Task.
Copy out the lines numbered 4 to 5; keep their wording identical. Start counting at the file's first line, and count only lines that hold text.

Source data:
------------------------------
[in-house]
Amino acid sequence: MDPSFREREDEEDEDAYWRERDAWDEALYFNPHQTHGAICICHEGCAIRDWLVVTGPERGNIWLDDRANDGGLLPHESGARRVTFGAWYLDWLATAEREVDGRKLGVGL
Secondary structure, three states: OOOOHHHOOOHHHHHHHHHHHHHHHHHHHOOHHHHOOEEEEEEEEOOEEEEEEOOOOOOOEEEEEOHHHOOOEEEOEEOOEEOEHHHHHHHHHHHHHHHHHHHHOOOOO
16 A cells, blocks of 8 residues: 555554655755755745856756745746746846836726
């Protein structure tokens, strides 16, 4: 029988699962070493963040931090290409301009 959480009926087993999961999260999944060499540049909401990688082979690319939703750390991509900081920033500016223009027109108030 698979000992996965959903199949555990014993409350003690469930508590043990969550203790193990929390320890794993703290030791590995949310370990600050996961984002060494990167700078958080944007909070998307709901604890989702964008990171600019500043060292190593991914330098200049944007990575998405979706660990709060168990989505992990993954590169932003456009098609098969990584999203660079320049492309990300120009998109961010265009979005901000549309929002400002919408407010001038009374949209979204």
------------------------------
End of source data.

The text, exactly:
16 A cells, blocks of 8 residues: 555554655755755745856756745746746846836726
């Protein structure tokens, strides 16, 4: 029988699962070493963040931090290409301009 959480009926087993999961999260999944060499540049909401990688082979690319939703750390991509900081920033500016223009027109108030 698979000992996965959903199949555990014993409350003690469930508590043990969550203790193990929390320890794993703290030791590995949310370990600050996961984002060494990167700078958080944007909070998307709901604890989702964008990171600019500043060292190593991914330098200049944007990575998405979706660990709060168990989505992990993954590169932003456009098609098969990584999203660079320049492309990300120009998109961010265009979005901000549309929002400002919408407010001038009374949209979204």